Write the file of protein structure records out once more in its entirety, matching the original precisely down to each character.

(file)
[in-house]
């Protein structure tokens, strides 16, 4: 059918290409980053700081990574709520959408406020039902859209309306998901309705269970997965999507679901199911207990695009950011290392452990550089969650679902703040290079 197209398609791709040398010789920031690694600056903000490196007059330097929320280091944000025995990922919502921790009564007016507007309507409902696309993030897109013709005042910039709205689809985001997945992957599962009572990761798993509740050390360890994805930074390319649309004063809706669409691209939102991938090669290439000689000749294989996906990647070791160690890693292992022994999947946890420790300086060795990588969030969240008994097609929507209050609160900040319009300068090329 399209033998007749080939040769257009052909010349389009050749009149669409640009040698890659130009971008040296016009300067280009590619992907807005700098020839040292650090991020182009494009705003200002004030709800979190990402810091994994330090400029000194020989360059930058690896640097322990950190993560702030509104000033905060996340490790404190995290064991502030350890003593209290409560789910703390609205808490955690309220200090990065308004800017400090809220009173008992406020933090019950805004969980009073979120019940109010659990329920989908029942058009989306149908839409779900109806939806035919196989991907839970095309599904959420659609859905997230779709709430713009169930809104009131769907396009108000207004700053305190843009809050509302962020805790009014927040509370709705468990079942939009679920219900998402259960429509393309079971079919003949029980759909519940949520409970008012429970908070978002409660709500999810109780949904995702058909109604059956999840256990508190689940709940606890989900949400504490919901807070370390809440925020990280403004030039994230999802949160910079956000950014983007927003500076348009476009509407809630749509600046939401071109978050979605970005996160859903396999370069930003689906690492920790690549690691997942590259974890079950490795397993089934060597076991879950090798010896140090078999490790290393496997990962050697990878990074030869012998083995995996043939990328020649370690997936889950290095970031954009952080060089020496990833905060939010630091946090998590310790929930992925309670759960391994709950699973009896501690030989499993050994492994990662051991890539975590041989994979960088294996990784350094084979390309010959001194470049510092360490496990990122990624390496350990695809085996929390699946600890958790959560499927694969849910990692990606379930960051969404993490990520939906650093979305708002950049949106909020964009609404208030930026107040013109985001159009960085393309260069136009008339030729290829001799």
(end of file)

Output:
[in-house]
């Protein structure tokens, strides 16, 4: 059918290409980053700081990574709520959408406020039902859209309306998901309705269970997965999507679901199911207990695009950011290392452990550089969650679902703040290079 197209398609791709040398010789920031690694600056903000490196007059330097929320280091944000025995990922919502921790009564007016507007309507409902696309993030897109013709005042910039709205689809985001997945992957599962009572990761798993509740050390360890994805930074390319649309004063809706669409691209939102991938090669290439000689000749294989996906990647070791160690890693292992022994999947946890420790300086060795990588969030969240008994097609929507209050609160900040319009300068090329 399209033998007749080939040769257009052909010349389009050749009149669409640009040698890659130009971008040296016009300067280009590619992907807005700098020839040292650090991020182009494009705003200002004030709800979190990402810091994994330090400029000194020989360059930058690896640097322990950190993560702030509104000033905060996340490790404190995290064991502030350890003593209290409560789910703390609205808490955690309220200090990065308004800017400090809220009173008992406020933090019950805004969980009073979120019940109010659990329920989908029942058009989306149908839409779900109806939806035919196989991907839970095309599904959420659609859905997230779709709430713009169930809104009131769907396009108000207004700053305190843009809050509302962020805790009014927040509370709705468990079942939009679920219900998402259960429509393309079971079919003949029980759909519940949520409970008012429970908070978002409660709500999810109780949904995702058909109604059956999840256990508190689940709940606890989900949400504490919901807070370390809440925020990280403004030039994230999802949160910079956000950014983007927003500076348009476009509407809630749509600046939401071109978050979605970005996160859903396999370069930003689906690492920790690549690691997942590259974890079950490795397993089934060597076991879950090798010896140090078999490790290393496997990962050697990878990074030869012998083995995996043939990328020649370690997936889950290095970031954009952080060089020496990833905060939010630091946090998590310790929930992925309670759960391994709950699973009896501690030989499993050994492994990662051991890539975590041989994979960088294996990784350094084979390309010959001194470049510092360490496990990122990624390496350990695809085996929390699946600890958790959560499927694969849910990692990606379930960051969404993490990520939906650093979305708002950049949106909020964009609404208030930026107040013109985001159009960085393309260069136009008339030729290829001799």